Ever since the first PSP was released, many people (myself included) have looked at the great sized screen and nice resolution and wanted it to be touch screen! Well now it will be with the PSPs successor, the PSP2 (codename NGP = Next Gen PSP).

But it doesn't stop there. The back of the PSP2 will also be touch sensitive, so you will be able to manipulate things on the screen from behind. In addition it also has the 6-axis control system from the PS3's controller, and it now has 2 real analogue sticks, not nubs.

Here a demo video of the PSP2 in action: http://gamevideos.1up.com/video/id/32708

More videos, images and info can be found at: http://www.engadget.com/2011/01/27/the-sony-psp2/

The PSP2 Specs

5-inch OLED display with 960 x 544 resolution. Multitouch.
Rear touch panel same size as screen and mapped directly to the game screen.
Cameras both front and rear.
Gyro sensor
Dual sticks (not nubs)
3G, Wifi, GPS.
CPU is described as "the most advanced" in its class (not mentioned yet)
Games will come on "new media," not UMD anymore.

The official scec sheet can be found at http://playstationlifestyle.net/2011...gp-spec-sheet/

Power and control

A 4 core ARM Cortex processor is going to provide more than enough power, and the OLED multi touch screen is going to look amazing. The addition of 2 proper thumbsticks more like the PS3 controller rather than the PSP's nub is a welcome addition, and having GPS built in could add some very interesting features to games, and also combined with the cameras for location logging.

Finally the interactivity of its control system really does evolve the platform. The PSP was basically a handheld, and cutdown PS2. Its spec for a mobile platform was amazing, and games do still look very good on it, but it's only interaction was traditional direction and buttons. With this new system you have tradition PS3 style control with dual thumbsticks, directional digital control, action buttons and shoulder buttons, but in addition you can manipulate movement with the six-axis motion sensing system (three-axis gyroscope, three-axis accelorometer) and a three-axis electronic compass (combined with GPS this can then tell where you are located and what direction you are facing!), and on top of all this you then have the multi touch screen for proper touch gaming, and a touch sensitive back panel. Mind blowing levels of interaction!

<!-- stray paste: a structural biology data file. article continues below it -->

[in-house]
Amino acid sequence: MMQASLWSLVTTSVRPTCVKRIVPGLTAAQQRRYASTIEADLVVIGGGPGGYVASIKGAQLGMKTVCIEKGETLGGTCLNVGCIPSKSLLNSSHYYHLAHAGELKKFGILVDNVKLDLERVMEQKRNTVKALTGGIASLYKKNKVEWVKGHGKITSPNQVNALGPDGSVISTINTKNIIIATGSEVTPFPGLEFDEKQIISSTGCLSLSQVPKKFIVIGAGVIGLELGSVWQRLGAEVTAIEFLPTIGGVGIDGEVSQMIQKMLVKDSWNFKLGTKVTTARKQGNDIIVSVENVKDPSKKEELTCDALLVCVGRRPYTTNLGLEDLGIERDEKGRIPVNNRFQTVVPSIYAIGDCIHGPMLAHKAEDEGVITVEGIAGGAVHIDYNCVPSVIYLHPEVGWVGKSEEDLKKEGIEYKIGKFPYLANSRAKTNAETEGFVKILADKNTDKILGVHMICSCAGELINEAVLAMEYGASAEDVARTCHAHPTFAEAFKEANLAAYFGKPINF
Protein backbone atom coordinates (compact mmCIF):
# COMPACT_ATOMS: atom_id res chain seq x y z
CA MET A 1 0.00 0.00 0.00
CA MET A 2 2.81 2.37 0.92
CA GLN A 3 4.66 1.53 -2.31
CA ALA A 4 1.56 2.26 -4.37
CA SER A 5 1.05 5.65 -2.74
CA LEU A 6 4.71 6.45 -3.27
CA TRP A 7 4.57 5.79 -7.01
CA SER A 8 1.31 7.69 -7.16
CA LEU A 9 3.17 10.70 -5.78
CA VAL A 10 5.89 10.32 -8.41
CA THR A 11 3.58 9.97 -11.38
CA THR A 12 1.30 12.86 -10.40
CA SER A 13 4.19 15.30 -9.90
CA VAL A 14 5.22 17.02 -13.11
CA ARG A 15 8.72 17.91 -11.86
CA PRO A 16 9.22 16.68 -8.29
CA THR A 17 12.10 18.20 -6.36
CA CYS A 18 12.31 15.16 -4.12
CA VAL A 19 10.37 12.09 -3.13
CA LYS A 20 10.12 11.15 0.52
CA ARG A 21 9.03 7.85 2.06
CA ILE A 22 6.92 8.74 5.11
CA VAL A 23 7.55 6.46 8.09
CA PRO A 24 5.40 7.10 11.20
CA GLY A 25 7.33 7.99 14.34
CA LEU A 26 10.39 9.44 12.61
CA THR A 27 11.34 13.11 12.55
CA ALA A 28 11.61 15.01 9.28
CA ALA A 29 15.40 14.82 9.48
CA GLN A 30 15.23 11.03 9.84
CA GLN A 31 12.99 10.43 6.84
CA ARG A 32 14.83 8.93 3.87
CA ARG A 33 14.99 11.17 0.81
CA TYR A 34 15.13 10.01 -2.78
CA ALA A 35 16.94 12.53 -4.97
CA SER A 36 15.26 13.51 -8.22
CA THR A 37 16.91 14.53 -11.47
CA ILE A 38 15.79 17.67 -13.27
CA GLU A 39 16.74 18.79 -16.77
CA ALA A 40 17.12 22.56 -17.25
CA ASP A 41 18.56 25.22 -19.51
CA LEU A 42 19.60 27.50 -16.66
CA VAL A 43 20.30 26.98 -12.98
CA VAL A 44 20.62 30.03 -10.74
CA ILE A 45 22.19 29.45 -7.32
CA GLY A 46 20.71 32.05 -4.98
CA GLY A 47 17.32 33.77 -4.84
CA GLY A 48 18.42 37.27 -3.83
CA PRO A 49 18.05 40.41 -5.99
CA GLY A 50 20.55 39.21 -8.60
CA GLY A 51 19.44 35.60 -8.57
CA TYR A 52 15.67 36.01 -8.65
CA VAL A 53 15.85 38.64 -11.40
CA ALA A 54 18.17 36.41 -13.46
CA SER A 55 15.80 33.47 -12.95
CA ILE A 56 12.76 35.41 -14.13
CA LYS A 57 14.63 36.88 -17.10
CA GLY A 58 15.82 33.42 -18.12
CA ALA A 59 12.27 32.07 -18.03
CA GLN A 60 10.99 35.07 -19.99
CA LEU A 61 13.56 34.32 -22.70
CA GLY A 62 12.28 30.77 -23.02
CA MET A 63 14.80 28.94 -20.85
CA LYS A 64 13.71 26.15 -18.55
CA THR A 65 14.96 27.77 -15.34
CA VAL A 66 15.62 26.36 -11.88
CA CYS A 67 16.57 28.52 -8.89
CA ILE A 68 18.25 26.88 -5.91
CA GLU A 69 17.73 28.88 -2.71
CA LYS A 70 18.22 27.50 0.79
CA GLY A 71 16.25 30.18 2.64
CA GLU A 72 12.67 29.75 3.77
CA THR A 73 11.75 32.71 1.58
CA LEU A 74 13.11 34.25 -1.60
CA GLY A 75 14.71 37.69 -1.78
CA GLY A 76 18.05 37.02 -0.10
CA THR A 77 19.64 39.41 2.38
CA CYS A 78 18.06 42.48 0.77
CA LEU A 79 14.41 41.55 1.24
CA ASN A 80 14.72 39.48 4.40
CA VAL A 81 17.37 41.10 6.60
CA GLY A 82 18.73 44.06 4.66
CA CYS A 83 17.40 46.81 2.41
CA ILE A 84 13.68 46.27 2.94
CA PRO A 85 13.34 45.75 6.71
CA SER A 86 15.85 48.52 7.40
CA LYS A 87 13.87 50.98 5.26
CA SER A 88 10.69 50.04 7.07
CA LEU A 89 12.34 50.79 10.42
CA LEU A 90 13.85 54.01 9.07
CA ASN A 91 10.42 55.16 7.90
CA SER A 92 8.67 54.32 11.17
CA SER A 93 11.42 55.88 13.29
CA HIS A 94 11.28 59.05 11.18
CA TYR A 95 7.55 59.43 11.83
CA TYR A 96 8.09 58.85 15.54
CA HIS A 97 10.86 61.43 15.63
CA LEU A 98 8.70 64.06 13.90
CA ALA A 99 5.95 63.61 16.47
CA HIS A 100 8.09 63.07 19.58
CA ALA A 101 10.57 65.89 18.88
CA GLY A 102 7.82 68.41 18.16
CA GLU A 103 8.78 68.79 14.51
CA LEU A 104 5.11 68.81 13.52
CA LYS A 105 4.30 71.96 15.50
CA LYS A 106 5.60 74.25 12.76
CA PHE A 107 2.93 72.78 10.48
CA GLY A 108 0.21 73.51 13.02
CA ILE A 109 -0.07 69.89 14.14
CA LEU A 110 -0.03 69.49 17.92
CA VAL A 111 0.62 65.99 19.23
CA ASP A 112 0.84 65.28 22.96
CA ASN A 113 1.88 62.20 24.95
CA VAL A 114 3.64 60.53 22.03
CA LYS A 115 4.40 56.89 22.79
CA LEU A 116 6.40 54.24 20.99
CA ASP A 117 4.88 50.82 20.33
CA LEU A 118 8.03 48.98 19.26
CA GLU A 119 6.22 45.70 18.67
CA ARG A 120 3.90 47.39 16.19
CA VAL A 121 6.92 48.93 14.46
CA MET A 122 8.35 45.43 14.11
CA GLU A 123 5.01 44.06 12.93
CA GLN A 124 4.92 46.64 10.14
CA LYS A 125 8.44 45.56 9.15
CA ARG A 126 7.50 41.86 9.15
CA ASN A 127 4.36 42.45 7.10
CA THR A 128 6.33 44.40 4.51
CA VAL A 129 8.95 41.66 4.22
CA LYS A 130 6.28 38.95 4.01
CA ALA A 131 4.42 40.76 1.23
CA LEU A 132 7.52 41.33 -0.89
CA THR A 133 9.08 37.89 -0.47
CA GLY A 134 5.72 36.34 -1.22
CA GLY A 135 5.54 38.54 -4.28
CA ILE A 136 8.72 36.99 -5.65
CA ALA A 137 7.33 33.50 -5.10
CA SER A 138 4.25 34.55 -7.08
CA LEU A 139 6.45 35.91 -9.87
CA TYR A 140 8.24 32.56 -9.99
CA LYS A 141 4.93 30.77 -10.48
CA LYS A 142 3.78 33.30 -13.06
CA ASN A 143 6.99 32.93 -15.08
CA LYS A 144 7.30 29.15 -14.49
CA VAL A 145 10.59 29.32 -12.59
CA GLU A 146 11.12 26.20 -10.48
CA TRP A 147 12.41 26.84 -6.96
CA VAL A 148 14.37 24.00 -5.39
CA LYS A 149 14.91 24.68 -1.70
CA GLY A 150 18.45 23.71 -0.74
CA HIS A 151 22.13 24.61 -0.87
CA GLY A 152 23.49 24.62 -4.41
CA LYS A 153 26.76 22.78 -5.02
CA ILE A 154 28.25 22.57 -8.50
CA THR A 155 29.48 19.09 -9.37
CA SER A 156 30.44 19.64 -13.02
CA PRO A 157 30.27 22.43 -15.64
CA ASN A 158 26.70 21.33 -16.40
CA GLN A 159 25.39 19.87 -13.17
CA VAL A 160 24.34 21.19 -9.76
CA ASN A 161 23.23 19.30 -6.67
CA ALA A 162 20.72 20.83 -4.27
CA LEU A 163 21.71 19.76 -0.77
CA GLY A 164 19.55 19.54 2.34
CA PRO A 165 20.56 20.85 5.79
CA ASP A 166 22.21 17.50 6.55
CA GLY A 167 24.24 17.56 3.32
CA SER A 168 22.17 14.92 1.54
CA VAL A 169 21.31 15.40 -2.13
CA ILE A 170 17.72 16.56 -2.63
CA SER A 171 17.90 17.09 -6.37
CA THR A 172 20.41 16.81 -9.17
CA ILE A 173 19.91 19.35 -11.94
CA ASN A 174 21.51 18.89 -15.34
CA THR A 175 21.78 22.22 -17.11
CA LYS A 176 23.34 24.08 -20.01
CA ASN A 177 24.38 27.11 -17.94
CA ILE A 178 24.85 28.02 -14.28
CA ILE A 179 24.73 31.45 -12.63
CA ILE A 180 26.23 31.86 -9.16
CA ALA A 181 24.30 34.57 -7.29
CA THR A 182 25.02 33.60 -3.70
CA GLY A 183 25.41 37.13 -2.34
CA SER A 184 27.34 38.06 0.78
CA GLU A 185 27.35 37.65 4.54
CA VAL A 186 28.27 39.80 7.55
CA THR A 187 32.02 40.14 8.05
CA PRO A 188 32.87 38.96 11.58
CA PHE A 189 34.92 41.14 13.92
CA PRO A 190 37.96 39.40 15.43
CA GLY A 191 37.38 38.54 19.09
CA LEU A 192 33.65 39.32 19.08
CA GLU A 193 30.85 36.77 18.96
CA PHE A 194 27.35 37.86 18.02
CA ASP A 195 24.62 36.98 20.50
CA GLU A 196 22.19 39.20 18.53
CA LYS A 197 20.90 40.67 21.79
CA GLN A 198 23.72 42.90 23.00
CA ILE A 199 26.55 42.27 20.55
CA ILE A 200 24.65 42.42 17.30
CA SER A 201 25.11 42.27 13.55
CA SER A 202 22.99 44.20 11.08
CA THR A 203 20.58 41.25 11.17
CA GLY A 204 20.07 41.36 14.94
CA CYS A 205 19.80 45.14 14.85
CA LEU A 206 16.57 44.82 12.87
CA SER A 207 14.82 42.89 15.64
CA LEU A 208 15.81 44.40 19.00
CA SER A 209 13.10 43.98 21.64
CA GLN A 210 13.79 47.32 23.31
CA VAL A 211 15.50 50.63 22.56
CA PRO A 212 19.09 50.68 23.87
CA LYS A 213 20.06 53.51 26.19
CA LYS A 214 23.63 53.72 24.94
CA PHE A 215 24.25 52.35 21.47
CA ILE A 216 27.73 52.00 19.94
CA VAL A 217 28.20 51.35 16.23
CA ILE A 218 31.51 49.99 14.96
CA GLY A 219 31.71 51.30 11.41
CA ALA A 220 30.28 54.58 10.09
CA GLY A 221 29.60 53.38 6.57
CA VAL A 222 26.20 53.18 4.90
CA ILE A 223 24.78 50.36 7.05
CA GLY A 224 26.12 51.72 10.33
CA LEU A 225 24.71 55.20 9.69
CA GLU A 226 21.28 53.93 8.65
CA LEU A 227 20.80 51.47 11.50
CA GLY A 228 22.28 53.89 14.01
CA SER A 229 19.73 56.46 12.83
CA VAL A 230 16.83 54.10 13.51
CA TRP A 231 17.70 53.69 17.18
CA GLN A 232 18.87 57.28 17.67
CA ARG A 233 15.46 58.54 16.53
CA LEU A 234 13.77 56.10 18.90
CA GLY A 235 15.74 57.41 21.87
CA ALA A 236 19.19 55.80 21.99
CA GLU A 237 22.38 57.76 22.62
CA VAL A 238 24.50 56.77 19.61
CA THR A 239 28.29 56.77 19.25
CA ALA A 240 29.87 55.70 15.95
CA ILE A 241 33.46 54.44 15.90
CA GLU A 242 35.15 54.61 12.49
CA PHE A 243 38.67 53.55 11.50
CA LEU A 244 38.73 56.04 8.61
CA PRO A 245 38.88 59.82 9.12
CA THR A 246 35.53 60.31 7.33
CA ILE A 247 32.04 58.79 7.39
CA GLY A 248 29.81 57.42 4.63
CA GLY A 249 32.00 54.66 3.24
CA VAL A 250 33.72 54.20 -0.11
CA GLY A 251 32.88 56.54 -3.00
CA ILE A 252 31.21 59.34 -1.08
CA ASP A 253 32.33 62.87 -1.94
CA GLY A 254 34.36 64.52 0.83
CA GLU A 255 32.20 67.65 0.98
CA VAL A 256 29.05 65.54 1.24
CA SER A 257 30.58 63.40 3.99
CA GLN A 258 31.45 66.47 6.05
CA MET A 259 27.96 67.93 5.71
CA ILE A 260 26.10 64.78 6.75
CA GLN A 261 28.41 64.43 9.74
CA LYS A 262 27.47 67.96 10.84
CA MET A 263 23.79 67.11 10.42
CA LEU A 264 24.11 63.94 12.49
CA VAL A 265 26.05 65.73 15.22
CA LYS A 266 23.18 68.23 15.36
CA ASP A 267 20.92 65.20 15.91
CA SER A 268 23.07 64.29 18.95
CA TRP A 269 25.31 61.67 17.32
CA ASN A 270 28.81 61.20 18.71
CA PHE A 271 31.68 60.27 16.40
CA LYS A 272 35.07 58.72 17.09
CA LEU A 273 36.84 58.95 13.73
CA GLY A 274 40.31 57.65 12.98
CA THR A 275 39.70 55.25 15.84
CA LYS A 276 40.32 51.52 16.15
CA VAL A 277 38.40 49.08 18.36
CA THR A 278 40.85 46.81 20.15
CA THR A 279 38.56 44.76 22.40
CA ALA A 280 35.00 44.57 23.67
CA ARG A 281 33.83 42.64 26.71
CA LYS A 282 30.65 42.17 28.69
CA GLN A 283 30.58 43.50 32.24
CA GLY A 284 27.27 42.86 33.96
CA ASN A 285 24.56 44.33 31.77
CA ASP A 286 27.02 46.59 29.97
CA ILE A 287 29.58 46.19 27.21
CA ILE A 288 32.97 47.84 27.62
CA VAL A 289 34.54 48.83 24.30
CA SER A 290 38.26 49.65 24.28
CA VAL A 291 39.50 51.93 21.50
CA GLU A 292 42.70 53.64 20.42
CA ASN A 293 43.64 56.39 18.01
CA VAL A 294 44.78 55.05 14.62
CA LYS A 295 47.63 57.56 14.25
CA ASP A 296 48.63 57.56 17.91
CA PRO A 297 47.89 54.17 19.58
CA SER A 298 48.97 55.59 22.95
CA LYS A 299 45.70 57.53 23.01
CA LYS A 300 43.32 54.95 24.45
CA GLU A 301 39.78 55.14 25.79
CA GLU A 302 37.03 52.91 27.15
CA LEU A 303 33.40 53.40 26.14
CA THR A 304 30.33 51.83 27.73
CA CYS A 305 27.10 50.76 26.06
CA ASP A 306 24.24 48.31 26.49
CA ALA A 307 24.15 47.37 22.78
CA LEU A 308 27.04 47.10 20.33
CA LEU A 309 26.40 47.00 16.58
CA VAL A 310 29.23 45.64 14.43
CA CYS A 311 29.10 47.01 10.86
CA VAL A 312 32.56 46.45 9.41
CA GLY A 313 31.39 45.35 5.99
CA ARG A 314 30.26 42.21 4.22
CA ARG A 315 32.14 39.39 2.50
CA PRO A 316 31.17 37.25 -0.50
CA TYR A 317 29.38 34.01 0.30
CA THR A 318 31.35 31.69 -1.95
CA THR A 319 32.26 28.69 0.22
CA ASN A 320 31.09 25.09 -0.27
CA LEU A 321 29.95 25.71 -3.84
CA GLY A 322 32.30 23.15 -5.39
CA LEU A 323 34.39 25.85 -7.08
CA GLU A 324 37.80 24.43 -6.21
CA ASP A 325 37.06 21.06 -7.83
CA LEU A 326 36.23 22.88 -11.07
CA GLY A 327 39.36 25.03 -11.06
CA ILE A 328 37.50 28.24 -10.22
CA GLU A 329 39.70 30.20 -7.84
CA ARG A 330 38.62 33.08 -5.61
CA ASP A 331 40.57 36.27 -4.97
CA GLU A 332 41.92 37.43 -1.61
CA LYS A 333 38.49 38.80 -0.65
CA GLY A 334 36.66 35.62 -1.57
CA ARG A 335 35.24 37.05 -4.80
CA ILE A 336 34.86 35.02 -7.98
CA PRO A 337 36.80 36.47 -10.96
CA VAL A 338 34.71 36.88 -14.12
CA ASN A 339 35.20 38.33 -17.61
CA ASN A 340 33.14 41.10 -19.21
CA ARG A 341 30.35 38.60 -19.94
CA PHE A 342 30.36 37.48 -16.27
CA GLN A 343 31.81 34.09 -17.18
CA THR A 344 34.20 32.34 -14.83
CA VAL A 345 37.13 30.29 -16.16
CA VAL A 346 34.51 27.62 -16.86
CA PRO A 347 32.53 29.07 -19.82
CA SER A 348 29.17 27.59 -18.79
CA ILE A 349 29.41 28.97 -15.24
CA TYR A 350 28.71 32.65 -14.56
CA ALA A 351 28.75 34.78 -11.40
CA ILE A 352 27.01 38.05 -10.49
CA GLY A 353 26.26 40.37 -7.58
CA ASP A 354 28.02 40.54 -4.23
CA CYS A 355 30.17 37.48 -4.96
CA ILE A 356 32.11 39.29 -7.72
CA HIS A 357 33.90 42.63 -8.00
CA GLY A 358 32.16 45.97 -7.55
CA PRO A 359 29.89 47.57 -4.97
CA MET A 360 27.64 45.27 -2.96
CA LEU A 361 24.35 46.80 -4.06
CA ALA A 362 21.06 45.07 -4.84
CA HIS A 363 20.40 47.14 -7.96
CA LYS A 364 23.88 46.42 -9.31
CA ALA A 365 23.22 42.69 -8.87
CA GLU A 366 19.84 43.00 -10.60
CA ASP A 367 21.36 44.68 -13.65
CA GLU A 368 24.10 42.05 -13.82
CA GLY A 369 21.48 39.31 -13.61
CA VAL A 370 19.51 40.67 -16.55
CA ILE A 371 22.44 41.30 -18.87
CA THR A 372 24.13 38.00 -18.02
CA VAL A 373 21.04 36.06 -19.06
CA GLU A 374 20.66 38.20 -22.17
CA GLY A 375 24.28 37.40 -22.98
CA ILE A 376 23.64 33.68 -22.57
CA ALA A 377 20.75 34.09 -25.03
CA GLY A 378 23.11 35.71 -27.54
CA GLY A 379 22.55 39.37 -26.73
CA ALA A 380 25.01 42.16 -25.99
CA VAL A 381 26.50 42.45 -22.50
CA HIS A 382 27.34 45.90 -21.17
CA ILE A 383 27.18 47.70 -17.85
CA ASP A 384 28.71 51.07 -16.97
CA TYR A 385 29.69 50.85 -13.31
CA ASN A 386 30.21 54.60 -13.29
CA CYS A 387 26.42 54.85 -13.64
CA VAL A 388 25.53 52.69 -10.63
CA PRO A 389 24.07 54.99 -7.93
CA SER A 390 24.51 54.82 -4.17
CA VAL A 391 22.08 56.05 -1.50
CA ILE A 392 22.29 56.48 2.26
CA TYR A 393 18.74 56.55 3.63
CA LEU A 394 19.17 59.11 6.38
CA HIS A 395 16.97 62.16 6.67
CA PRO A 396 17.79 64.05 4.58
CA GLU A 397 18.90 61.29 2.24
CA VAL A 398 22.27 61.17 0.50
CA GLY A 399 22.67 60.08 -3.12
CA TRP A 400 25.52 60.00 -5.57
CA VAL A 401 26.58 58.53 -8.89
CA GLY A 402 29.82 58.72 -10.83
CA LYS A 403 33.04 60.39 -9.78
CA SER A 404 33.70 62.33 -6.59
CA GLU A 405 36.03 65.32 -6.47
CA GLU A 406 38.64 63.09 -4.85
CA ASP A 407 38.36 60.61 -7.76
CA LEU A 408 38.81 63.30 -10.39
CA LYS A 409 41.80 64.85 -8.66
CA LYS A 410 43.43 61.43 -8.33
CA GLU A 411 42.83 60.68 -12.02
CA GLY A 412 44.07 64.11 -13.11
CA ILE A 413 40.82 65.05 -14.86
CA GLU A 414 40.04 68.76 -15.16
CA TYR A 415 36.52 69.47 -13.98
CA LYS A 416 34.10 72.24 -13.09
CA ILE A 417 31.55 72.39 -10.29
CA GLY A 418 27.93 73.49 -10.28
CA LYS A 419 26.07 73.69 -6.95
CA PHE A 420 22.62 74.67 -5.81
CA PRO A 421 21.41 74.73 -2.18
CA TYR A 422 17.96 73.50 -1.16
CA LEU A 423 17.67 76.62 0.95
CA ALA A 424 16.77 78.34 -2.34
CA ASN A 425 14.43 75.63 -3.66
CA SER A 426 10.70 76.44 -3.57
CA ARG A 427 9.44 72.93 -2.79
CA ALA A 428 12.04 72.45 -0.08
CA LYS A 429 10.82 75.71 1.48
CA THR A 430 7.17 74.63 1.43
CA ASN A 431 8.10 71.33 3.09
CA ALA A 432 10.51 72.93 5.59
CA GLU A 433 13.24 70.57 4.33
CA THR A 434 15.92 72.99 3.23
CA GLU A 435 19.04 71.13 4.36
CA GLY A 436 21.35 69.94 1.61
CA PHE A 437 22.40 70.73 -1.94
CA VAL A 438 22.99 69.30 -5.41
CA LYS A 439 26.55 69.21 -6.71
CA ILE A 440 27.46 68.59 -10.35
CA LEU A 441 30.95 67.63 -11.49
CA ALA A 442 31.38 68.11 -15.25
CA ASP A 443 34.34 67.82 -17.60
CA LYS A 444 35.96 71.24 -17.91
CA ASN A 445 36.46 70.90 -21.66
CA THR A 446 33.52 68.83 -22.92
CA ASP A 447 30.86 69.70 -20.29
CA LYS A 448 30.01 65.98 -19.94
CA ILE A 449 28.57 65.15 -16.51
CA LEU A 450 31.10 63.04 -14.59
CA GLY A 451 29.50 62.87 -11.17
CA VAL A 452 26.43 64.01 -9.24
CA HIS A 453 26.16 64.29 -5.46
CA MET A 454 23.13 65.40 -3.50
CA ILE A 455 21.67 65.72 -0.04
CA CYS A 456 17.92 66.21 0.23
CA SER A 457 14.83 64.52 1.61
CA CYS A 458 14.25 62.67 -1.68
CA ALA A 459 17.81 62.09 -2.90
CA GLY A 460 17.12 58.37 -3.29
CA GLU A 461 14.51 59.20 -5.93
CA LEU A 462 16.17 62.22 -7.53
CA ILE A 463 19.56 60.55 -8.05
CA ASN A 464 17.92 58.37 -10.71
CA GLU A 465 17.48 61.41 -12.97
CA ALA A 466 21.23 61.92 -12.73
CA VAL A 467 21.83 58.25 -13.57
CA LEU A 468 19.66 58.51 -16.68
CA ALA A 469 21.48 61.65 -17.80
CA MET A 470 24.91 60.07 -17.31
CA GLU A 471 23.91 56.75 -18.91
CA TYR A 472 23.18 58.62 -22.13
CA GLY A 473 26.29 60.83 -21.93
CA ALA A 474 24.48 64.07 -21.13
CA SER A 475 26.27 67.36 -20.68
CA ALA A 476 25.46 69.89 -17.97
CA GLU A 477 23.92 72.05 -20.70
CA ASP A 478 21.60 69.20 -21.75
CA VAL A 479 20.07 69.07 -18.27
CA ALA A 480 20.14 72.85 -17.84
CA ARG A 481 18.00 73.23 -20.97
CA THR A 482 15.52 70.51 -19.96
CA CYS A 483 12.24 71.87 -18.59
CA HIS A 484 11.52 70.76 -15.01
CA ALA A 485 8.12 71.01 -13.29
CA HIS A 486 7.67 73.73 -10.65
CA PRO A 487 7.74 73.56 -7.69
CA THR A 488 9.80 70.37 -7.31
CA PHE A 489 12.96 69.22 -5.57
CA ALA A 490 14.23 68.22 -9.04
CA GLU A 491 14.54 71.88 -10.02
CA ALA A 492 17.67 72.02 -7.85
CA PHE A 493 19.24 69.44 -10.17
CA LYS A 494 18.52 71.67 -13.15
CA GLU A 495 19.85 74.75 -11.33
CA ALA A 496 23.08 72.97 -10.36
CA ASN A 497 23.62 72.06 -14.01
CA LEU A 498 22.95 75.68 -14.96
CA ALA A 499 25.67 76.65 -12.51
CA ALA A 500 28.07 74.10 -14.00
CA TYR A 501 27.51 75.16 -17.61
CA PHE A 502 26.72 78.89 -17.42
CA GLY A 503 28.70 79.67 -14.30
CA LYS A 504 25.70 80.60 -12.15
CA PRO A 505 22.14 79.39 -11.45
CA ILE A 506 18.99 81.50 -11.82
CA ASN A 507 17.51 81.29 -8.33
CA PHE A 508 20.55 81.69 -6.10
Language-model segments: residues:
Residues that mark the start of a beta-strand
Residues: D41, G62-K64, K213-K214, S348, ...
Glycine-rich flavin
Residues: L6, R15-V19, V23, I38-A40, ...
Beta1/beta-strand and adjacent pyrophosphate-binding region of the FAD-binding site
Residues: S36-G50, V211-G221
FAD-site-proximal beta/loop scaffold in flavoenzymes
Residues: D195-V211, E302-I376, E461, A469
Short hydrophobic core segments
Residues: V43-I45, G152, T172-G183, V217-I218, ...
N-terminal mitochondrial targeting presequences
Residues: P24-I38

And it could go even further still. With both front and back facing cameras and a microphone (which is obviously insired by the DSi), developers will surely find a way to utilise these in games, like the mic on the DSi has been used in games like Zelda. The camera could be used like the DS, adding real images into games, or maybe to track movement. Who knows. The possibilities of this new system's controls are endless.

This is quite an evolution from the original PSP for sure.

Where does this leave Nintendo and its new 3DS?

By comparison this makes the new Nintendo 3DS seem a bit primitive. I like the DS as a handheld platform, and in its own right offers a great handheld gaming experience, but the PSP2 is going to technologically leave it for dead. The 3DS is really only an updated DSi and nothing more. It's only real main addition is the larger innovative 3D screen, with the only other change is the analogue stick. Will a true 3D screen be enough to make it a success over this new PSP2?

Nintendo does have a head start though. The 3DS is being released very soon, but the PSP2 won't be ready until at least the end of the year. Nintendo can use this time to gain a lot of market share before Sony even get started. Microsoft managed this over Sony with the 360, before the PS3 was launched, so there is a danger it could happen again with the 3DS. But is the 3DS enough of an update to the existing DSi to make owners upgrade? I personally don't think it is. How many will be that interested in the 3D screen for more than the initial wow look at that moment? And how many games will actually use it? We won't know until later.

Software will see who wins out eventually

At the end of the day it will be software though that sells the majority of these 2 new hadhelds, and traditionally this is always where Nintendo wins. Ever since they entered the handheld market with the Gameboy, their systems have never been the highest spec, but the quality of their games has always ensured they sell well. And I think the same might be true this time too. The PSP2 is going to still appeal the most to the more serious traditional games that are within the current 360, PS3 and PC gaming markets.

by comparison the DS has always been able to appeal to traditional non gamer (teen girls, women and older generation) due to the game line up. These games tend to be quite different. To the diehard/tradition gamers these games are more like mini games to them, but to the DS gamers they are what appeals. Games like Professor Layton sell DS' alone. And I'm not sure Sony will be able to pitch the PSP2 to attract this market. If they can then Nintendo will need to worry.